These are tidewater glaciers, meaning that they extend into the sea which undermines the foot. As the glaciers creep slowly down, huge chunks of ice break off into the water. The face of the glacier at the waters edge was a deep blue. Chris called up the Disney ship to ask them what their plans were as we did not want to get in their way. They told us that they were turning around and were halfway through their turn. We launched the tender and Louisa and I climbed aboard while Chris cautiously nudged Venture through the ice floes towards the face of the glacier until our way was blocked by a floating wall of blue ice.

The photographic excursions in the tender provide the highpoints of these trips. The ride was cold but spectacular and I was pleased with the photography that resulted. The Disney ship departed and about one hour later we did the same. It was hard to stop taking photos and video during the return journey down Tracy Arm. By the time we anchored in Tracy Arm Cove it was almost 8 pm but, this far north, darkness did not descend until almost 11 pm with dawn breaking around 3 am.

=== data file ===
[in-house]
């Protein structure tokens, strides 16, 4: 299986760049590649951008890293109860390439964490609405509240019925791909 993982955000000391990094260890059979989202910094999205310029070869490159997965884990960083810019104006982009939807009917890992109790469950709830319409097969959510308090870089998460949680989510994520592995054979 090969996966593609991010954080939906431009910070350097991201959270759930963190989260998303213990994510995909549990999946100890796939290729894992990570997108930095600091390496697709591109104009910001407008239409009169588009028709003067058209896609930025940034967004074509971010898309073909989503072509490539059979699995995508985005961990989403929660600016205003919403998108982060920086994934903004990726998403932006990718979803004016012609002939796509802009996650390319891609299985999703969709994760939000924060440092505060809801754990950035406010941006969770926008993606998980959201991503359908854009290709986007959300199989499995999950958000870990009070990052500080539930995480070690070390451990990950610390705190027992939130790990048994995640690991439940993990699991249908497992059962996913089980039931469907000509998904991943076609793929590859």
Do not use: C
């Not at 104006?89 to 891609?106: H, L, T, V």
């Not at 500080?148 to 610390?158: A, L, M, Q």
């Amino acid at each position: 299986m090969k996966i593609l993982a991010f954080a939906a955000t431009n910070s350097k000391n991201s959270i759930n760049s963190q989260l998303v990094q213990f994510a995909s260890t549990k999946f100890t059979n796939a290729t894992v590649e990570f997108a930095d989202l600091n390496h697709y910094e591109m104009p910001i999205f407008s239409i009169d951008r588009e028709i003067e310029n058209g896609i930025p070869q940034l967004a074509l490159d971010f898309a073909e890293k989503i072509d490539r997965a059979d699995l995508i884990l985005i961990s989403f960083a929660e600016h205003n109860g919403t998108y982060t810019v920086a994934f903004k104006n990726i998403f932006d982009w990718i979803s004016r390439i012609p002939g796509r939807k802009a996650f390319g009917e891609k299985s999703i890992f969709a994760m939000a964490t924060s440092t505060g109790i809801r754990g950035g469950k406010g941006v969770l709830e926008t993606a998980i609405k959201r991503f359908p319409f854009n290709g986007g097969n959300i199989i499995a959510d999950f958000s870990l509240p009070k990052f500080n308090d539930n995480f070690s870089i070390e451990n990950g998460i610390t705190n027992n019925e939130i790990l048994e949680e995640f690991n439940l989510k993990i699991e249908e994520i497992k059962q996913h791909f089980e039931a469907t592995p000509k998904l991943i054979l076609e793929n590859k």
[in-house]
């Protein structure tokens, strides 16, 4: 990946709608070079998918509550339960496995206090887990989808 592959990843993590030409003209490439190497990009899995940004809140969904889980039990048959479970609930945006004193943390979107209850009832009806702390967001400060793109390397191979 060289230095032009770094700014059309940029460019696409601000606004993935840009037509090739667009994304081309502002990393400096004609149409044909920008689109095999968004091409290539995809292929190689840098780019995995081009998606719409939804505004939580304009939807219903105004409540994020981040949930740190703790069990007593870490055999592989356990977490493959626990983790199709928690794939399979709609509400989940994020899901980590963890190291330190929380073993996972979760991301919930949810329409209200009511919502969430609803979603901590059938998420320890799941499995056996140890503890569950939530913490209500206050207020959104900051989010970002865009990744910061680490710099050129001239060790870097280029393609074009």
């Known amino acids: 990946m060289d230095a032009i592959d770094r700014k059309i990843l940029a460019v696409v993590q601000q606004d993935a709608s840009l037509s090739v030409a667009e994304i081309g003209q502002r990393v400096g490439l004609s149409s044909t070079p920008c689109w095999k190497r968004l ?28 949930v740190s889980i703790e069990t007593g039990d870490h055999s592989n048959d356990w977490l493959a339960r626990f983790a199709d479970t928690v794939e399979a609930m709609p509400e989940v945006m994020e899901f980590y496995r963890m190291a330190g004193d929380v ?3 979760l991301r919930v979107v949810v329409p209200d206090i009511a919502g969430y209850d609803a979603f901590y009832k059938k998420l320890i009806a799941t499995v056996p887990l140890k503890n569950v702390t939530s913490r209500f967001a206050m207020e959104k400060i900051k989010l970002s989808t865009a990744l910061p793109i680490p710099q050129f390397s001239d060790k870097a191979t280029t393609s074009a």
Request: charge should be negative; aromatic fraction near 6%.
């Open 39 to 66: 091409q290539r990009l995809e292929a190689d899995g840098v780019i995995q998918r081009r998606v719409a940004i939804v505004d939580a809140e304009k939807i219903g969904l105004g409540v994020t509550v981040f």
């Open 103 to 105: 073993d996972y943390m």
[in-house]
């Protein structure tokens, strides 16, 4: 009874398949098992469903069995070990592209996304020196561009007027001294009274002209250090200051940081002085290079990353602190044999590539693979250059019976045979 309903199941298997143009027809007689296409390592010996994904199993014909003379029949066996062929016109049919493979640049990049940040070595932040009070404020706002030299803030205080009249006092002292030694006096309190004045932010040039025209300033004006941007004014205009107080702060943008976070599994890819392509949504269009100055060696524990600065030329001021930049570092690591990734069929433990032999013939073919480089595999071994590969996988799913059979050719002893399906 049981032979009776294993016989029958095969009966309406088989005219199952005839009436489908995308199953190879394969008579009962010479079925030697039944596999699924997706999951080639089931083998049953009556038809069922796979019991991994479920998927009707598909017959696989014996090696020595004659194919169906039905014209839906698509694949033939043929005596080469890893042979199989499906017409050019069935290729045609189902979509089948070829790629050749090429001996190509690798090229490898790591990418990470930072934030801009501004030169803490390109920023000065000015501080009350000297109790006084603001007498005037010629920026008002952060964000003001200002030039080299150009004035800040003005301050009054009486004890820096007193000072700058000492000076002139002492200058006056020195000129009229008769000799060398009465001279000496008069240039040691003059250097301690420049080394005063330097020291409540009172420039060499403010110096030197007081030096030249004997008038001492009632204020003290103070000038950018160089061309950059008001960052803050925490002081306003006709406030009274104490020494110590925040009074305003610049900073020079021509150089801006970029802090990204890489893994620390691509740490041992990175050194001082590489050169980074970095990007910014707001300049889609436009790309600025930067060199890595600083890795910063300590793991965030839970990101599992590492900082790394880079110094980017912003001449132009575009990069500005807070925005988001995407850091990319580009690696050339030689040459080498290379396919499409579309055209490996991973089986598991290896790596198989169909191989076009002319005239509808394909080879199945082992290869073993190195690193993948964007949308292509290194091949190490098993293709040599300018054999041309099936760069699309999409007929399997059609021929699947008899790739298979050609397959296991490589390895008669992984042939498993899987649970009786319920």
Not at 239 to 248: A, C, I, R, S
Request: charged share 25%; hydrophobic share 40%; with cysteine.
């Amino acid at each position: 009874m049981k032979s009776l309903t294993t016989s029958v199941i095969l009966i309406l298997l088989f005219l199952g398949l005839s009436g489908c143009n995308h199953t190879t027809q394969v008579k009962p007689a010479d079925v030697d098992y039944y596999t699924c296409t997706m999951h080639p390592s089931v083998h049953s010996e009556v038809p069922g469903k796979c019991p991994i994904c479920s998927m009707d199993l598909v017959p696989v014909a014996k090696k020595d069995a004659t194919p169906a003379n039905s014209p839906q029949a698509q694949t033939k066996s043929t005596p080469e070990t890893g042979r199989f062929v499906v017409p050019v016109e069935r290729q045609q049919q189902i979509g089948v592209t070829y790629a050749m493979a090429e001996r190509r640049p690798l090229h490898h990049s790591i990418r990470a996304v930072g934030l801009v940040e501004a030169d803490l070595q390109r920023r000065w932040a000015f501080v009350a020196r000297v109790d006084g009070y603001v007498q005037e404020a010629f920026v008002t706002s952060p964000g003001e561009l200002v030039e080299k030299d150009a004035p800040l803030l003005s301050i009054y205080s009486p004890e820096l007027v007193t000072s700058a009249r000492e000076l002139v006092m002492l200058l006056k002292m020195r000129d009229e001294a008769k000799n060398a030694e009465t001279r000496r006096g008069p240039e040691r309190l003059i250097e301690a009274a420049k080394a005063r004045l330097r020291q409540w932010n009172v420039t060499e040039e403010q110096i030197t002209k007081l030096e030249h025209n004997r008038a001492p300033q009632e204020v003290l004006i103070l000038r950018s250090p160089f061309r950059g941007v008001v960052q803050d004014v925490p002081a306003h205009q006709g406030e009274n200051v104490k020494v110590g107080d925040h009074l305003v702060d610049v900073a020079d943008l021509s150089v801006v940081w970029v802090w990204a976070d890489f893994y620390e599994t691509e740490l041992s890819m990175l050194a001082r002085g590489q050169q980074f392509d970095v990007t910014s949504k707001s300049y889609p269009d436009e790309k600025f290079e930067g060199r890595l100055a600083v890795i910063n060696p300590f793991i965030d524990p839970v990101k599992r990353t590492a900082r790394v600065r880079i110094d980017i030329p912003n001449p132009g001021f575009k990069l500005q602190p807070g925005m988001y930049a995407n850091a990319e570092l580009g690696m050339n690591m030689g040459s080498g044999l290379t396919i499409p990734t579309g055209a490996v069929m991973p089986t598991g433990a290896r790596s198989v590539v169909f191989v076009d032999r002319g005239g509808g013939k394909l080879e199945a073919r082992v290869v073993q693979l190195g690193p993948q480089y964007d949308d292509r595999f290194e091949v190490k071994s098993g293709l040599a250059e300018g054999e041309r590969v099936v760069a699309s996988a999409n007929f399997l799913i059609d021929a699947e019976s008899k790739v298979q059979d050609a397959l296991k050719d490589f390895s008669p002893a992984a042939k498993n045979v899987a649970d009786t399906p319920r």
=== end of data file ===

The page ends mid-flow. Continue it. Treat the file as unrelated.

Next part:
The following morning a small iceberg was stranded on the rocks at the entrance to the cove when we got underway at 0940 for Endicott Arm. When we re-crossed the Tracy Arm Bar the red port hand marker, which the previous day had been missing in the strong tide, had reappeared although its survival was now being threatened by a beautiful but menacing blue iceberg. The weather was grey and rainy which did not bode well for our visit to the head of Endicott.

We called into the approach to Ford's Terror for a quick look. The dogleg entrance was hard to identify at low tide. This spot earned its name from navy crewman who, in 1899 rowed into the fjord at slack water to do some duck hunting. With the turn of the tide the calm water at the entrance became extremely turbulent with rapids, rooster tails and whirlpools. Ford supposedly found himself trapped in the maelstrom for six hours dodging chunks of ice.